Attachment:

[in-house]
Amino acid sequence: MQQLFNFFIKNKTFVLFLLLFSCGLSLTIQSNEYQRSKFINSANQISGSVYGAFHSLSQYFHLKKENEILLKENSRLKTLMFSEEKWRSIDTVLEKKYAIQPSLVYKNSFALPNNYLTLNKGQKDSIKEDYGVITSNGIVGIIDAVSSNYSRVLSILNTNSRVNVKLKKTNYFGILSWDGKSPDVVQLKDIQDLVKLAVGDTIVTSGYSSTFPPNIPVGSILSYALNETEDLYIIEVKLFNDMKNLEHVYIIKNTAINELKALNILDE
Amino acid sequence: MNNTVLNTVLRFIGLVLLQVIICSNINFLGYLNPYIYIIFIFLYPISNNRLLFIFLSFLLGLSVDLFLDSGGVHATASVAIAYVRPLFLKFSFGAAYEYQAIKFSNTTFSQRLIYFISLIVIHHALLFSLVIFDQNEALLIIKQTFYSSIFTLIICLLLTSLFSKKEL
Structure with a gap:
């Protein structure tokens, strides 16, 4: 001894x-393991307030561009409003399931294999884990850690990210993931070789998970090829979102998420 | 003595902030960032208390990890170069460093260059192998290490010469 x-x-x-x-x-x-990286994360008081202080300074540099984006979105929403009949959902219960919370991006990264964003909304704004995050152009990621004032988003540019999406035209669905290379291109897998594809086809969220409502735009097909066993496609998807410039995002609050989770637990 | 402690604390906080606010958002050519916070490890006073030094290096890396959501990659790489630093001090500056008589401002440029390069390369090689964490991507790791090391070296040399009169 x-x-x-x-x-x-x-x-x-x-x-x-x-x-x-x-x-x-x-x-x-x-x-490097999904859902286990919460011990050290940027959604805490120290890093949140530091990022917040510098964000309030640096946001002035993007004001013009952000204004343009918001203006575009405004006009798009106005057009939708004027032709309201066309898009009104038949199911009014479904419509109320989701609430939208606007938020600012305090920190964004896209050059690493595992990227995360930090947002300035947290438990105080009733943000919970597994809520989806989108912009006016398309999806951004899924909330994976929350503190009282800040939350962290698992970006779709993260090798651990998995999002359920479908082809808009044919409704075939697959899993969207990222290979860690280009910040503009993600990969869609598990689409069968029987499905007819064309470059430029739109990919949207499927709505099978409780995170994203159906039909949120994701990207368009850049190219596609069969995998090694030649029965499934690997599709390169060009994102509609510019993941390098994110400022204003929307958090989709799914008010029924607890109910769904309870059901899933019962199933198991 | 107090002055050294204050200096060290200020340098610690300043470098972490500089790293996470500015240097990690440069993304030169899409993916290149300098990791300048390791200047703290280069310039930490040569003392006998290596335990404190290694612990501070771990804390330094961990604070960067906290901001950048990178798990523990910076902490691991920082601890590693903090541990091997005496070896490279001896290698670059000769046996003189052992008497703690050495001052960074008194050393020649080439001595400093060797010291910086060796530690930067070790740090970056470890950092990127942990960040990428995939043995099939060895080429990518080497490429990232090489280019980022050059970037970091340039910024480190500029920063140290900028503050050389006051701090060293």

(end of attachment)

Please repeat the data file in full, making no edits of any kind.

[in-house]
Amino acid sequence: MQQLFNFFIKNKTFVLFLLLFSCGLSLTIQSNEYQRSKFINSANQISGSVYGAFHSLSQYFHLKKENEILLKENSRLKTLMFSEEKWRSIDTVLEKKYAIQPSLVYKNSFALPNNYLTLNKGQKDSIKEDYGVITSNGIVGIIDAVSSNYSRVLSILNTNSRVNVKLKKTNYFGILSWDGKSPDVVQLKDIQDLVKLAVGDTIVTSGYSSTFPPNIPVGSILSYALNETEDLYIIEVKLFNDMKNLEHVYIIKNTAINELKALNILDE
Amino acid sequence: MNNTVLNTVLRFIGLVLLQVIICSNINFLGYLNPYIYIIFIFLYPISNNRLLFIFLSFLLGLSVDLFLDSGGVHATASVAIAYVRPLFLKFSFGAAYEYQAIKFSNTTFSQRLIYFISLIVIHHALLFSLVIFDQNEALLIIKQTFYSSIFTLIICLLLTSLFSKKEL
Structure with a gap:
């Protein structure tokens, strides 16, 4: 001894x-393991307030561009409003399931294999884990850690990210993931070789998970090829979102998420 | 003595902030960032208390990890170069460093260059192998290490010469 x-x-x-x-x-x-990286994360008081202080300074540099984006979105929403009949959902219960919370991006990264964003909304704004995050152009990621004032988003540019999406035209669905290379291109897998594809086809969220409502735009097909066993496609998807410039995002609050989770637990 | 402690604390906080606010958002050519916070490890006073030094290096890396959501990659790489630093001090500056008589401002440029390069390369090689964490991507790791090391070296040399009169 x-x-x-x-x-x-x-x-x-x-x-x-x-x-x-x-x-x-x-x-x-x-x-490097999904859902286990919460011990050290940027959604805490120290890093949140530091990022917040510098964000309030640096946001002035993007004001013009952000204004343009918001203006575009405004006009798009106005057009939708004027032709309201066309898009009104038949199911009014479904419509109320989701609430939208606007938020600012305090920190964004896209050059690493595992990227995360930090947002300035947290438990105080009733943000919970597994809520989806989108912009006016398309999806951004899924909330994976929350503190009282800040939350962290698992970006779709993260090798651990998995999002359920479908082809808009044919409704075939697959899993969207990222290979860690280009910040503009993600990969869609598990689409069968029987499905007819064309470059430029739109990919949207499927709505099978409780995170994203159906039909949120994701990207368009850049190219596609069969995998090694030649029965499934690997599709390169060009994102509609510019993941390098994110400022204003929307958090989709799914008010029924607890109910769904309870059901899933019962199933198991 | 107090002055050294204050200096060290200020340098610690300043470098972490500089790293996470500015240097990690440069993304030169899409993916290149300098990791300048390791200047703290280069310039930490040569003392006998290596335990404190290694612990501070771990804390330094961990604070960067906290901001950048990178798990523990910076902490691991920082601890590693903090541990091997005496070896490279001896290698670059000769046996003189052992008497703690050495001052960074008194050393020649080439001595400093060797010291910086060796530690930067070790740090970056470890950092990127942990960040990428995939043995099939060895080429990518080497490429990232090489280019980022050059970037970091340039910024480190500029920063140290900028503050050389006051701090060293």